Thursday, September 12, 2013

Dealing with Condolences

So, people are kind. They are sending heartfelt messages, lovely cards, gorgeous flowers. For this I am grateful.  I cannot say I handle the expressions of sympathy with grace. I try. I well up, but the tears don't actually spill. The sympathizers don't feel they've poured salt in an open wound. I think. I hope.

Anyway, before I launch into this next Tale of Wha-huh?, let me please make it clear that I am so very grateful for any/all acknowledgements of my father's passing.

Tonight, I went to a PTA meeting.  What?  You can be cool and an officer on the board of the PTA. At the conclusion of the meeting, the teacher liaison, who happens to have been my daughter's kindergarten teacher, who also happens to be my neighbor (yay, Smalltimore!), approached me.

"I just wanted to say, I'm so sorry," she said, touching my arm.

She said this without preamble, but I wasn't confused. There is only one thing about which people express their sorries to me these days.

"Thank you so much," I respond. What I can't figure out, what makes me wrack my brain, is how she knew my father had passed away.

"[Your daughter] told me about your father, and I thought, 'Oh, my gosh, I met him." Her eyes went all shiny.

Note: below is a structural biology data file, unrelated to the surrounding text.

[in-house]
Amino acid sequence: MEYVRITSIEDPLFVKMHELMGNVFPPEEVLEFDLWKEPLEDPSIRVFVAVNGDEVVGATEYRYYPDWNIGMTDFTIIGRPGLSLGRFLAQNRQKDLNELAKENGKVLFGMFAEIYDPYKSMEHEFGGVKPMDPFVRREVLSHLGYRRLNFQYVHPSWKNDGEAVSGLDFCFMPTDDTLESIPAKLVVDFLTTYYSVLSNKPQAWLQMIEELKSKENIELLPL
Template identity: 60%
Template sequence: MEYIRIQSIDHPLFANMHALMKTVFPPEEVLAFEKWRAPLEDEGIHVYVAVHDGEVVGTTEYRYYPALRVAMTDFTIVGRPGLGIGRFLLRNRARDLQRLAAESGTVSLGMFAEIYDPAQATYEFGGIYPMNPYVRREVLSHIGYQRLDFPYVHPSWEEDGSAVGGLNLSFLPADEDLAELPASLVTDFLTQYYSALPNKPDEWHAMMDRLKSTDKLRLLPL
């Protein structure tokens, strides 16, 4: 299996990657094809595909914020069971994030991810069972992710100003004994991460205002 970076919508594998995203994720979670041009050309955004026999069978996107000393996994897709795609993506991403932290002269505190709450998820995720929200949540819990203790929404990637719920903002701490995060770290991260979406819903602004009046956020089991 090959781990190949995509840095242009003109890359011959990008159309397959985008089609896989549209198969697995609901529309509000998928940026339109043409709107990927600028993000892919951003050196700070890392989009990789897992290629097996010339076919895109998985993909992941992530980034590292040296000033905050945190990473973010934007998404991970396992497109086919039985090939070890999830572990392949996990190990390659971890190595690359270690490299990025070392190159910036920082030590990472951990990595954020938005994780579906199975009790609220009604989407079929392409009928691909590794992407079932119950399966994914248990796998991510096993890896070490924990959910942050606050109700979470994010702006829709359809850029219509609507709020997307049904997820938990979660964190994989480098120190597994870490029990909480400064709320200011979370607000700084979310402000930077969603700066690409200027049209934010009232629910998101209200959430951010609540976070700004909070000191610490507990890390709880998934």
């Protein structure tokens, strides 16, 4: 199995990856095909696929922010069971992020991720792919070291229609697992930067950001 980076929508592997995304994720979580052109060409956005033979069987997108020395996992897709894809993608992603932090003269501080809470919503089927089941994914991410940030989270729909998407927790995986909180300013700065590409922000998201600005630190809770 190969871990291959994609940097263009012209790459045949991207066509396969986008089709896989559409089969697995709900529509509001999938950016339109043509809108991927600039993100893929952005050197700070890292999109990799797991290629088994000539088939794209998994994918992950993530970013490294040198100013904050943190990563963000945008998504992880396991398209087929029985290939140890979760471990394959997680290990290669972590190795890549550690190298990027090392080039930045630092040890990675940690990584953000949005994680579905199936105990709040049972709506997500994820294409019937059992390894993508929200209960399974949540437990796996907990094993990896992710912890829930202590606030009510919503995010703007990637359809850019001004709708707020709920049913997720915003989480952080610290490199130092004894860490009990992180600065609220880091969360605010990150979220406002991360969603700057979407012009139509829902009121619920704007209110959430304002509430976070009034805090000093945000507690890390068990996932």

It was all I could do not to wrinkle my brow. She met him? When? Since my mother passed away, my father didn't really get out and about.  He came over to my house for some events, though not many.  He came to one of my daughter's dance recitals, but that had nothing to do with school.  So where did my neighbor meet my father?

Oh, wait.

She's thinking of my father-in-law.

This occurs to me about three minutes into our conversation.  What do I do here? Do I tell her she's thinking of the wrong guy? That her near-tears are for a fella that she actually never met?  Or do I just try to keep my father-in-law hidden the next time he visits so that she doesn't think some kind of wraith walks the earth?  Or, just let it go, and let her be weirded out and figure it out for herself if she sees my father-in-law sauntering around our yard in months/years to come?

That last one.  That's what I'm going to do.

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